“Essentially, all life depends upon the soil ... There can be no life without soil and no soil without life; they have evolved together.” --- Charles E. Kellogg, USDA Yearbook of Agriculture, 1938.
This is the third and final fact sheet in a series of three publications pertaining to soil properties. Part one was “Physical Characteristics of Soils, Fact Sheet, 13-02.” Part two was the “Biological Characteristics of Soils, Fact Sheet, 12-03.” This fact sheet will provide an overview of the chemical characteristics of soils.
Soil chemistry is the interaction of various chemical constituents that takes place among soil particles and in the soil solution, or the water retained by soil. The chemical interactions that occur in soil are highly complex, but understanding certain basic concepts will better help you manage your soils.
Soil pH is perhaps the single most important aspect of soil chemistry, because it affects the availability of nutrients to plants and the activity of microorganisms in the soil. Soil pH is a measure of the number of hydrogen ions (H+) present in a solution. In more common terms, it is a measure of alkalinity and acidity. The pH scale runs from 0 to 14. Seven is neutral, 0 is the most acidic value possible, and 14 is the most alkaline, or basic, value.
While many plants can tolerate pH ranges between 5.2 and 7.8, most plants grow best in mineral soils (soils with less than 20 percent organic content) when soil pH is between 6.0 and 7.0 (slightly acid to neutral) (Rosen, 2014).
Figure 1. pH Scale.
The parent material of soils initially influences soil pH. For example, granitic soils are acidic, and limestone-based soils are alkaline. However, soil pH can change over time. Soils become acidic through natural processes as well as human activities. Rainfall and climatic conditions influence the pH of most soils. In humid climates, such as the northeastern United States, heavy rainfall percolates through the soil. When it does, it leaches basic ions, such as calcium and magnesium, and replaces them with acidic ions, such as hydrogen and aluminum. In arid regions of the country (with less than 20 inches of rain per year), soils tend to become alkaline, because salts accumulate at the surface during evaporation and rainfall is not heavy enough to leach basic ions from soils in these areas.
Human activities that increase soil acidity include fertilization with ammonium or sulfur containing fertilizers and production of industrial by-products, such as sulfur dioxide and nitric acid, which ultimately enter the soil via rainfall. Irrigating with water high in bicarbonates gradually increases soil pH and can lead to alkaline conditions.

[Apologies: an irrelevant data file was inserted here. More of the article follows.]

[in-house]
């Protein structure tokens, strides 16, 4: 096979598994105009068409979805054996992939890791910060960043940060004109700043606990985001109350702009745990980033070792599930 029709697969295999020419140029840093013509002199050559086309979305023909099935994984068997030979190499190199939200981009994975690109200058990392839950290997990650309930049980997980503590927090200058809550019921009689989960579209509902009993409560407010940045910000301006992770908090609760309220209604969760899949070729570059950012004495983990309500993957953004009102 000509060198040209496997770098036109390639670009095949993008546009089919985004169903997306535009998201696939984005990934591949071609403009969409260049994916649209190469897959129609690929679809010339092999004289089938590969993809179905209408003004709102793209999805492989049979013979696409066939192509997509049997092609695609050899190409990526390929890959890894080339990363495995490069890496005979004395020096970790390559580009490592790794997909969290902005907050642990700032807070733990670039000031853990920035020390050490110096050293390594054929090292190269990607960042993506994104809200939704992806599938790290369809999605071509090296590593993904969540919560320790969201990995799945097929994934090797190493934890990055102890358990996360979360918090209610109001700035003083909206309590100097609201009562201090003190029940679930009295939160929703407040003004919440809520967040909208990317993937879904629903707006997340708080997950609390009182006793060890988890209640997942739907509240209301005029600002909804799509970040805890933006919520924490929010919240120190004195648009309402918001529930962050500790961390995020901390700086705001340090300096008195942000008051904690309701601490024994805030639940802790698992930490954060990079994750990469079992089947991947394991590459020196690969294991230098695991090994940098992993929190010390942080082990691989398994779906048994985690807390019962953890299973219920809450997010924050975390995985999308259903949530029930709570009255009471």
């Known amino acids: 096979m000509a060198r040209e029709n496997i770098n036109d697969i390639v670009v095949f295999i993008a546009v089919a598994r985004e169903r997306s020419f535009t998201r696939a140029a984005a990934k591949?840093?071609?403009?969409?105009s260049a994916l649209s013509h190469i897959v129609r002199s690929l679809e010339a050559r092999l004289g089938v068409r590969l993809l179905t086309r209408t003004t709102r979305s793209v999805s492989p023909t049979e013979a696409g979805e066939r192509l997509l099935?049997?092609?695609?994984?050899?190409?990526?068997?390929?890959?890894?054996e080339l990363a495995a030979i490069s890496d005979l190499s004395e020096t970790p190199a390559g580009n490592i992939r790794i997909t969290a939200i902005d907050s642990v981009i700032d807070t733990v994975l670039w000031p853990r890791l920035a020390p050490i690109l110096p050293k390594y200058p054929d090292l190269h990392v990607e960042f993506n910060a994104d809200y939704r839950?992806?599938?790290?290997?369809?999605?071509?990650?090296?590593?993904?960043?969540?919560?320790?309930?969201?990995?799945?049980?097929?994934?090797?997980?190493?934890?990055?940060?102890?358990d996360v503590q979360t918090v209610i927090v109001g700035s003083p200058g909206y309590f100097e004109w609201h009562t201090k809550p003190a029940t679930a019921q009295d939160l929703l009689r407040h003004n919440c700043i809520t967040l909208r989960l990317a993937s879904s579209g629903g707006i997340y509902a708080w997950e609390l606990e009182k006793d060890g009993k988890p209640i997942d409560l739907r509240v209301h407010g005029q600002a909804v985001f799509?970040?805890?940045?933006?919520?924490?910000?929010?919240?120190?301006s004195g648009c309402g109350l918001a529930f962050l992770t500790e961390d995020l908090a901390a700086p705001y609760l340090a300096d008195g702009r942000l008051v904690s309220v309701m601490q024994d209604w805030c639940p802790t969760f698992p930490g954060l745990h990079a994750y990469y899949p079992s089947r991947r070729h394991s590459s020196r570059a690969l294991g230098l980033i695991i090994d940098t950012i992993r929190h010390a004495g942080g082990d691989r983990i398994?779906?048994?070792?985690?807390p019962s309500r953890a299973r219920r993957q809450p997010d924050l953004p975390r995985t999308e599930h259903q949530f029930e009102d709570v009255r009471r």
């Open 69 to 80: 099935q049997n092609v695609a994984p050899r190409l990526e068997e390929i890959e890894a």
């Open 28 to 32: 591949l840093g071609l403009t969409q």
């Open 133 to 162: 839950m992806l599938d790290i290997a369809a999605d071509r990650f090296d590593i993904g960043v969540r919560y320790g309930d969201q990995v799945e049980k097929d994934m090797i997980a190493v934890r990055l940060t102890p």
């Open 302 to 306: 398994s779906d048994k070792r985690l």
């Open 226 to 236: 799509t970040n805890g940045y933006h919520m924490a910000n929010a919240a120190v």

In most cases, changes in soil pH, whether influenced by natural processes or human activities, occur slowly. This is due to the tremendous buffering capacity (resistance to change in pH) of most mineral soils. An exception to this is high-sand-content soils, where buffering tends to be low.
Nutrient availability varies markedly according to pH. This is the main reason pH is so critical for plant growth and reproduction. The optimal pH for overall nutrient availability is around 6.5 (Figure 2).
Figure 2. Nutrient availability and microbial activity as affected by soil pH. The wider the band, the greater the availability of nutrients or activity of microbes. (Adapted from Truog, USDA Yearbook of Agriculture 1943-1947)
As previously mentioned, soil chemistry is the interaction of various chemical constituents that takes place among soil particles and in the soil solution (the water retained by soil). Soils hold onto nutritional elements similar to the way they retain water. Positively charged nutrient molecules, called cations, are attracted to the negative charges on soil particles. This is called adsorption. The sites where cations attach to particles are cationexchange sites.
The ability to hold cation nutrients is called the cation-exchange capacity (CEC). It is the ability of the soil’s negatively charged colloids to hold onto nutrients and prevent them from leaching beyond plant roots. The greater cation-exchange capacity a soil has, the more likely the soil will have a higher fertility level. When combined with other measures of soil fertility, CEC is a good indicator of soil quality and productivity (Chapman, 1965).
Clay soils retain more nutrients than coarser/sandier soils, just as clay soils hold more water, because of the greater surface area (greater number of cation-exchange sites) to which nutrients can adsorb. Organic matter also has negatively charged sites that attract and hold positively charged particles. Thus, sandy soils rely on organic matter content to increase cation-exchange capacity.